8'fATELER V. CALIFORNIA NAT. BANK.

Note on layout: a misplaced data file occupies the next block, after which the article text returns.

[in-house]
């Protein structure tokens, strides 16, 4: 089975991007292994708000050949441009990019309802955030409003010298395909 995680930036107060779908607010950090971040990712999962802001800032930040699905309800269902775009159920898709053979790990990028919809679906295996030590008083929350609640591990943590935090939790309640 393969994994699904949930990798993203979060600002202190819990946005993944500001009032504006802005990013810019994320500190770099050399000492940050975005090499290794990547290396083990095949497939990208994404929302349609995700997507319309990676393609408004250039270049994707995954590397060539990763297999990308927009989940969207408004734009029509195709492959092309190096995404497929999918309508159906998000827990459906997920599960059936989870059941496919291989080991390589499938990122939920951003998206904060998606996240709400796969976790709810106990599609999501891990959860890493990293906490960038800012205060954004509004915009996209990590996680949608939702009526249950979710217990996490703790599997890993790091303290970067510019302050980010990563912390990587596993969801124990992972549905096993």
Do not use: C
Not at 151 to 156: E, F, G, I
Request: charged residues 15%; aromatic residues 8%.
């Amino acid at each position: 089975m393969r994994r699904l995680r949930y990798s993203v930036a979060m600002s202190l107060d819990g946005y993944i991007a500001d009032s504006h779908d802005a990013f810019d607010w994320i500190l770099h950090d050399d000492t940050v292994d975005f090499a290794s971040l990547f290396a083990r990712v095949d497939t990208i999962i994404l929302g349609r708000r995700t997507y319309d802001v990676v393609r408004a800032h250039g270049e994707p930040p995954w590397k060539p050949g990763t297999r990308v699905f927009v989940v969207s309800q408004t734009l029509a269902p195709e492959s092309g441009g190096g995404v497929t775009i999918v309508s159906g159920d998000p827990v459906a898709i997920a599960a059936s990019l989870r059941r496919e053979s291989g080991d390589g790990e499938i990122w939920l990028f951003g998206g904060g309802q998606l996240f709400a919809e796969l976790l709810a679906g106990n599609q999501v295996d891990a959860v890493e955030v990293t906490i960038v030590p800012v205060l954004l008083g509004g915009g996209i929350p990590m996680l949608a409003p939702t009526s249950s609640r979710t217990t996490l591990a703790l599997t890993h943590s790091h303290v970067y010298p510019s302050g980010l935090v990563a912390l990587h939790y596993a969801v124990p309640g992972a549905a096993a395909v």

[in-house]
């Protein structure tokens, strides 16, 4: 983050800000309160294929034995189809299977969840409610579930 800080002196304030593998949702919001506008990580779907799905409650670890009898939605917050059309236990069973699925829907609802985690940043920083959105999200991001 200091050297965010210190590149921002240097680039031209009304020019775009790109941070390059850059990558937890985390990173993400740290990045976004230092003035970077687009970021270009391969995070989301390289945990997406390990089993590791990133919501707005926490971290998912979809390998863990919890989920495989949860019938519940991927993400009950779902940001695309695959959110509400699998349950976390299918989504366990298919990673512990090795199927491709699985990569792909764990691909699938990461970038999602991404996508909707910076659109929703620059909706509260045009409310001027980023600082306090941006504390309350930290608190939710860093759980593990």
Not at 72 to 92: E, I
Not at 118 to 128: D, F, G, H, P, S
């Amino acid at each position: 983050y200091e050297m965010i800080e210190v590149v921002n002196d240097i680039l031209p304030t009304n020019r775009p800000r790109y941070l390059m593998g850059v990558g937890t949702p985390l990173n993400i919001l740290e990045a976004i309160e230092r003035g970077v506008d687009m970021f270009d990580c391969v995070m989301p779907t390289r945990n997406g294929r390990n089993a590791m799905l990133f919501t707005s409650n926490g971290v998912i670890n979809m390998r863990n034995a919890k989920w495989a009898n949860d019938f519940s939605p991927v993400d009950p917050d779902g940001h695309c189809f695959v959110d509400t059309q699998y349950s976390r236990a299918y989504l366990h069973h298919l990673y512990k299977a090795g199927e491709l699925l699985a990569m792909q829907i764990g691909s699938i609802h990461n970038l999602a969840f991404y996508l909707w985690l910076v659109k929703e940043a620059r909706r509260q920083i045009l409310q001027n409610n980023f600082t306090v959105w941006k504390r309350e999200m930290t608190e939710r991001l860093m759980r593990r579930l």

of the representations that have been made that he misunderstood that concluding clause, the judgment of the court is that he pay the costs of these proceedings. . I will call attention to the fact that in one of these cases there is a form of order which might be well followed in this case, which goes a little further than the contempt. It indicates what the respondents must further Jo. Mr. Mitchell: In the Tyler case? The Court: Yes. The judgment of the court is that Mr. Ohetwood, the respondent, has been guilty of contempt of court in the two matters involved in the second order, and that with respect to that, in view of all the matters that are presented here, he will be required to pay the costs of these proceedings. In regard to the first ease, there is a feature that commends itself a little more to the favorable consideration of the court, as Mr. 'Chetwood has indicated he withdrew the proceedings a few days after the court refused to modify the injunction. Still, it was a technical contempt of court. I ought to say that Mr. Chetwood came to me, apparently in good faith, and asked me the meaning of the order. Upon being informed, he went immediately out to the superior court, and appears to have withdrawn the application, so that that is merelv a technical violation of the order of the court. Mr. Mitchell: Your honor's order will be that Mr. Chetwood is guilty both as to the first and second order to show cause, and sentenced to pay the costs of the proceedings? The Court: Yes. Mr. Mitchell: They amount to nothing. It is only a technical matter, anyhow. All I have desired in this matter, was to have your honor do just what you have done; to have this fund brought to this court and distributed. and have the litigation in reference to that fund ended. As regards the fight between Mr. Chetwood and Mr. Thomas, that can go on for the balance of the generation. I understand that your honor says they shall not use the name of the bank, even in that matter, because it is a violation of the injunction. In preparing this order, which your honor has signified is the judgment of this court, I will follow the Tyler case, and the Rhode Island case which I read yesterday. It will be ordered that this writ of error be dismissed. I ask that your honor follow closely that decision in the Rhode Island case, and give them a definite time in which to dismiss it, because, until that writ of error is dismissed, I cannot get any action from the state court as to the funds. , The Court: I will make it 20 days. Mr. Knapp: It can hardly be done in so short a time. The record must be sent there. Mr. Mitchell: It can be dismissed to-day. The authorities are all one way on that. They do not have to wait until the record is filed in the clerk's office to dismiss the writ of error. Mr. Foster, in his Practice, sets down how that is done. The Court: I will g-ive them 20 days. Mr. Mitchell: \Vithin what time will your honor require them to produce the evidence of that dismissal to your honor?